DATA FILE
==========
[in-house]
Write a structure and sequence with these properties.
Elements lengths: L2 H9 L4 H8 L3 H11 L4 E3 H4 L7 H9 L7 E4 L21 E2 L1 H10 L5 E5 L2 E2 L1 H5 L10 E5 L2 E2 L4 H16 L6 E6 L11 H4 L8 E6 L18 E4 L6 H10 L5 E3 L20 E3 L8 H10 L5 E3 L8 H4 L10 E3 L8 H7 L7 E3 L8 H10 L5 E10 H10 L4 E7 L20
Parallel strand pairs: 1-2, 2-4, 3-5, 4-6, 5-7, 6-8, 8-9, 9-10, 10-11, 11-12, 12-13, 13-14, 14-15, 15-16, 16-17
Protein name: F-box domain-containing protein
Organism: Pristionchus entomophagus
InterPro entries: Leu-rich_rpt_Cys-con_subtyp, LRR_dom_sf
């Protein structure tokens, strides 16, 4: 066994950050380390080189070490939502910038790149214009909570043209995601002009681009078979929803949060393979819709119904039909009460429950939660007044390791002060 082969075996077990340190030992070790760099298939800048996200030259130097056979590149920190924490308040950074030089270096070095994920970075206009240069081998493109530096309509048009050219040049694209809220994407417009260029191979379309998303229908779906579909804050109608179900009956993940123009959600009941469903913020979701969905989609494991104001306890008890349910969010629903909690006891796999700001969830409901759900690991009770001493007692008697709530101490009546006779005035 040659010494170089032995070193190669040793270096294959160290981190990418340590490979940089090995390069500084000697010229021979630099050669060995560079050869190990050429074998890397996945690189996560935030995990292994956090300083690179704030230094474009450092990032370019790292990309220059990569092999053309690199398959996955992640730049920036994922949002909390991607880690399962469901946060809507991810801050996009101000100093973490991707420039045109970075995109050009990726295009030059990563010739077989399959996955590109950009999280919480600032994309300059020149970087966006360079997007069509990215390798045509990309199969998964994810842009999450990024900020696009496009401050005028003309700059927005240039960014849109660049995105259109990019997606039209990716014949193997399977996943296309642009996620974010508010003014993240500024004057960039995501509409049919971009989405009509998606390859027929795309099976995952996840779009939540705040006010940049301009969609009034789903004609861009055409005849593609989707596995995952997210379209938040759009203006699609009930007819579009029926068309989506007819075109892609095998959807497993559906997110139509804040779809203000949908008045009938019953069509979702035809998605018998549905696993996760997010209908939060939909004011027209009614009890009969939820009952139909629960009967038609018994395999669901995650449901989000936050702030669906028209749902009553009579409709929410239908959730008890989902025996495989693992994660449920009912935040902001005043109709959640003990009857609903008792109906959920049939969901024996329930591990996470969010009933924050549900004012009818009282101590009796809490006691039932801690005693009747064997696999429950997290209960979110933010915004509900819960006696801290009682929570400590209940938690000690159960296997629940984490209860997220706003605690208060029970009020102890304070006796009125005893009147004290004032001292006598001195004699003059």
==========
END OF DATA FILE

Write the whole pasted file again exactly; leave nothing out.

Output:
[in-house]
Write a structure and sequence with these properties.
Elements lengths: L2 H9 L4 H8 L3 H11 L4 E3 H4 L7 H9 L7 E4 L21 E2 L1 H10 L5 E5 L2 E2 L1 H5 L10 E5 L2 E2 L4 H16 L6 E6 L11 H4 L8 E6 L18 E4 L6 H10 L5 E3 L20 E3 L8 H10 L5 E3 L8 H4 L10 E3 L8 H7 L7 E3 L8 H10 L5 E10 H10 L4 E7 L20
Parallel strand pairs: 1-2, 2-4, 3-5, 4-6, 5-7, 6-8, 8-9, 9-10, 10-11, 11-12, 12-13, 13-14, 14-15, 15-16, 16-17
Protein name: F-box domain-containing protein
Organism: Pristionchus entomophagus
InterPro entries: Leu-rich_rpt_Cys-con_subtyp, LRR_dom_sf
């Protein structure tokens, strides 16, 4: 066994950050380390080189070490939502910038790149214009909570043209995601002009681009078979929803949060393979819709119904039909009460429950939660007044390791002060 082969075996077990340190030992070790760099298939800048996200030259130097056979590149920190924490308040950074030089270096070095994920970075206009240069081998493109530096309509048009050219040049694209809220994407417009260029191979379309998303229908779906579909804050109608179900009956993940123009959600009941469903913020979701969905989609494991104001306890008890349910969010629903909690006891796999700001969830409901759900690991009770001493007692008697709530101490009546006779005035 040659010494170089032995070193190669040793270096294959160290981190990418340590490979940089090995390069500084000697010229021979630099050669060995560079050869190990050429074998890397996945690189996560935030995990292994956090300083690179704030230094474009450092990032370019790292990309220059990569092999053309690199398959996955992640730049920036994922949002909390991607880690399962469901946060809507991810801050996009101000100093973490991707420039045109970075995109050009990726295009030059990563010739077989399959996955590109950009999280919480600032994309300059020149970087966006360079997007069509990215390798045509990309199969998964994810842009999450990024900020696009496009401050005028003309700059927005240039960014849109660049995105259109990019997606039209990716014949193997399977996943296309642009996620974010508010003014993240500024004057960039995501509409049919971009989405009509998606390859027929795309099976995952996840779009939540705040006010940049301009969609009034789903004609861009055409005849593609989707596995995952997210379209938040759009203006699609009930007819579009029926068309989506007819075109892609095998959807497993559906997110139509804040779809203000949908008045009938019953069509979702035809998605018998549905696993996760997010209908939060939909004011027209009614009890009969939820009952139909629960009967038609018994395999669901995650449901989000936050702030669906028209749902009553009579409709929410239908959730008890989902025996495989693992994660449920009912935040902001005043109709959640003990009857609903008792109906959920049939969901024996329930591990996470969010009933924050549900004012009818009282101590009796809490006691039932801690005693009747064997696999429950997290209960979110933010915004509900819960006696801290009682929570400590209940938690000690159960296997629940984490209860997220706003605690208060029970009020102890304070006796009125005893009147004290004032001292006598001195004699003059």